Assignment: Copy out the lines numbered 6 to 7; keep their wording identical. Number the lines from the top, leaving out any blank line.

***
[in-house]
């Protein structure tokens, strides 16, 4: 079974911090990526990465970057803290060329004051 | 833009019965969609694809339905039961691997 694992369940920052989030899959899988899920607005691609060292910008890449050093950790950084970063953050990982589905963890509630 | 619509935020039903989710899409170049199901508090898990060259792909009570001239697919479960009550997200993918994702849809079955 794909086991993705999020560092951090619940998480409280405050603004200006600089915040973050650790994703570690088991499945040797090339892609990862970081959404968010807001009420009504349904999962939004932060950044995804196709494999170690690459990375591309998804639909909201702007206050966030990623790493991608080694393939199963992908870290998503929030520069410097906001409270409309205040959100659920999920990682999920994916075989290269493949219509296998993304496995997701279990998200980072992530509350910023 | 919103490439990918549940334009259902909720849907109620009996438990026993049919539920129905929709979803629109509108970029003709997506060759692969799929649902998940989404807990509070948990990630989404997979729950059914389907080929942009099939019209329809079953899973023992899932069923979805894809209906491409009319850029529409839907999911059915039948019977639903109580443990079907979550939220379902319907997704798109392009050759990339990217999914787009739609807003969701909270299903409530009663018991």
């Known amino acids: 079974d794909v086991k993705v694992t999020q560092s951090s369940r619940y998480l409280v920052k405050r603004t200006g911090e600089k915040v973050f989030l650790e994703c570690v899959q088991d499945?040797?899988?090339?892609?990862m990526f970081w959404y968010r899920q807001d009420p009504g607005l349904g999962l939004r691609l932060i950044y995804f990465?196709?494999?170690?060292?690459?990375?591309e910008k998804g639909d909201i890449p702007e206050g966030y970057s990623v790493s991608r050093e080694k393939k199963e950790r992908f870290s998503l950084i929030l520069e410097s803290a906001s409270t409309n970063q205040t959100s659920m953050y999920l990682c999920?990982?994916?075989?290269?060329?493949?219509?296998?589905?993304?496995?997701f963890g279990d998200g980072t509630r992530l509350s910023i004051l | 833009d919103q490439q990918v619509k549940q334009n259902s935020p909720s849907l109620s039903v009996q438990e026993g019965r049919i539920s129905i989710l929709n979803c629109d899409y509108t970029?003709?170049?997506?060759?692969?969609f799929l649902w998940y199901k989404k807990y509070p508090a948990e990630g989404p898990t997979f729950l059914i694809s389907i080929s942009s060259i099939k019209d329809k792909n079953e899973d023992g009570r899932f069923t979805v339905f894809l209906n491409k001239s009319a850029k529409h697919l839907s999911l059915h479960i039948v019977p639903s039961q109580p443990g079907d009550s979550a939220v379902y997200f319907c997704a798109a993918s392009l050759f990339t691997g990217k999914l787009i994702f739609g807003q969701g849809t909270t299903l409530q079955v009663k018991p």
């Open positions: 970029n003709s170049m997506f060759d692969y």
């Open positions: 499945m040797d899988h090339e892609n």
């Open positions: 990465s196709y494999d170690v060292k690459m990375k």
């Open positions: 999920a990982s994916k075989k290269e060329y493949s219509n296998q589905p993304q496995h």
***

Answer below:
């Open positions: 990465s196709y494999d170690v060292k690459m990375k």
């Open positions: 999920a990982s994916k075989k290269e060329y493949s219509n296998q589905p993304q496995h």